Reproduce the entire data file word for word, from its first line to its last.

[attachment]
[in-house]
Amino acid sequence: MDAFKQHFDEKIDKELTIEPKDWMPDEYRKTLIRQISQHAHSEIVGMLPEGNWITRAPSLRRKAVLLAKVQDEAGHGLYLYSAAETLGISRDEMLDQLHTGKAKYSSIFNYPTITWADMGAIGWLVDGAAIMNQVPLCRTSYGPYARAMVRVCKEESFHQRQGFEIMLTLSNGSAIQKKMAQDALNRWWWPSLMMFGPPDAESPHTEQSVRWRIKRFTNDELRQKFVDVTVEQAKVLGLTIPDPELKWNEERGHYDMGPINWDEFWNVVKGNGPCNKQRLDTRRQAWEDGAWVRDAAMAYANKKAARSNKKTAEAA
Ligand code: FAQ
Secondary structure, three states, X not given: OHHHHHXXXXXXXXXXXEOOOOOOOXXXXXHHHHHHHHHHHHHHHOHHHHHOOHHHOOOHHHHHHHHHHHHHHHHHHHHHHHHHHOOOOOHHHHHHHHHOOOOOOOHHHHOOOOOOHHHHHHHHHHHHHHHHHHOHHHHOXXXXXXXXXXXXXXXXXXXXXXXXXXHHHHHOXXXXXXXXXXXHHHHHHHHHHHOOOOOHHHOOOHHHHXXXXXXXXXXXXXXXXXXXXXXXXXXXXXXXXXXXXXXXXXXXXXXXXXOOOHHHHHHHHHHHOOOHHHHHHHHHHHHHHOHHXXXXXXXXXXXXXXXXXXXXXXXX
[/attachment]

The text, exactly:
[in-house]
Amino acid sequence: MDAFKQHFDEKIDKELTIEPKDWMPDEYRKTLIRQISQHAHSEIVGMLPEGNWITRAPSLRRKAVLLAKVQDEAGHGLYLYSAAETLGISRDEMLDQLHTGKAKYSSIFNYPTITWADMGAIGWLVDGAAIMNQVPLCRTSYGPYARAMVRVCKEESFHQRQGFEIMLTLSNGSAIQKKMAQDALNRWWWPSLMMFGPPDAESPHTEQSVRWRIKRFTNDELRQKFVDVTVEQAKVLGLTIPDPELKWNEERGHYDMGPINWDEFWNVVKGNGPCNKQRLDTRRQAWEDGAWVRDAAMAYANKKAARSNKKTAEAA
Ligand code: FAQ
Secondary structure, three states, X not given: OHHHHHXXXXXXXXXXXEOOOOOOOXXXXXHHHHHHHHHHHHHHHOHHHHHOOHHHOOOHHHHHHHHHHHHHHHHHHHHHHHHHHOOOOOHHHHHHHHHOOOOOOOHHHHOOOOOOHHHHHHHHHHHHHHHHHHOHHHHOXXXXXXXXXXXXXXXXXXXXXXXXXXHHHHHOXXXXXXXXXXXHHHHHHHHHHHOOOOOHHHOOOHHHHXXXXXXXXXXXXXXXXXXXXXXXXXXXXXXXXXXXXXXXXXXXXXXXXXOOOHHHHHHHHHHHOOOHHHHHHHHHHHHHHOHHXXXXXXXXXXXXXXXXXXXXXXXX